Actresses As Working Women In the Victorian Theatre





Actresses As Working Women In the Victorian Theatre

Lawrence Raw

HACETTEPE UNIVERSITY JOURNAL OF ENGLISH LANGUAGE AND LITERATURE, Proceedings of the XVth All-Turkey English Literature Conference, Special Edition (May 1995): 59-70.

Abstract

“No matter how moral, or well-behaved they might have been, many actresses – even the star actresses were associated with a life of immorality and degeneracy. The public nature of their art; the dubious social value of the institution in which they worked; the type of costumes they wore (which often revealed far more of the female anatomy than was permissable outside the theatre); the morally questionable parts they often had to play; all these factors conspired to make any Victorians believe that acting was a morally dubious profession. Actresses were no better than prostitutes; indeed, it was likely that some of them were prostitutes.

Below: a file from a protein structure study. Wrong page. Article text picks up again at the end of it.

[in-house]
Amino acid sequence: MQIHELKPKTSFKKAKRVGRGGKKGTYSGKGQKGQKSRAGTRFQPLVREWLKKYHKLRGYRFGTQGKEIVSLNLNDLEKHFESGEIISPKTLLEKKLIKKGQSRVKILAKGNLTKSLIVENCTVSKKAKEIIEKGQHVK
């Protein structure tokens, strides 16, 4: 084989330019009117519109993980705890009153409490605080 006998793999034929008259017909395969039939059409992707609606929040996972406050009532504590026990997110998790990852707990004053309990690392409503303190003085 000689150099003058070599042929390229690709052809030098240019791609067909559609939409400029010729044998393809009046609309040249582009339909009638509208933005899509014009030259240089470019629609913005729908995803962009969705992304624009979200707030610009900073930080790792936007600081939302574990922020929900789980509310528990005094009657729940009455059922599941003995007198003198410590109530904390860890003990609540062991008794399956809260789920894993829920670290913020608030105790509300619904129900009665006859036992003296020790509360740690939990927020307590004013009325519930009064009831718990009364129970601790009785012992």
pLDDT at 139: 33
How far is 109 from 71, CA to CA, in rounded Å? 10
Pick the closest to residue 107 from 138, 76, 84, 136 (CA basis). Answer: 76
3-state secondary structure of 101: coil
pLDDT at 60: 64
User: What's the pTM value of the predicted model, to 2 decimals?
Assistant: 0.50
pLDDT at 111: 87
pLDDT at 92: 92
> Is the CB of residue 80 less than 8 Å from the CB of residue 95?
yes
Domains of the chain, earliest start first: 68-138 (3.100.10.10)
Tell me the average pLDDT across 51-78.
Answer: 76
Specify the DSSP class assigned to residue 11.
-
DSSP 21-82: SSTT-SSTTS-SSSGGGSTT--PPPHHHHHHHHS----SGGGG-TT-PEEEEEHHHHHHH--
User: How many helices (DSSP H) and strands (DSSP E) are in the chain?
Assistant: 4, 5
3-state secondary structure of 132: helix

Such paradoxes lie at the heart of the actress’ status during the late Victorian period, and it is these that this paper seeks to explore. In keeping with the theme of this seminar – “Text and context in Victorian Literature” – this paper will subsequently look at the social position of the Victorian actress, as revealed through various sources – published plays, songs, autobiographies. Such evidence should demonstrate that the various manifestations of the actresses’ identity were constructed in keeping with the interests of particular groups, to the disadvantage of female performers themselves.”

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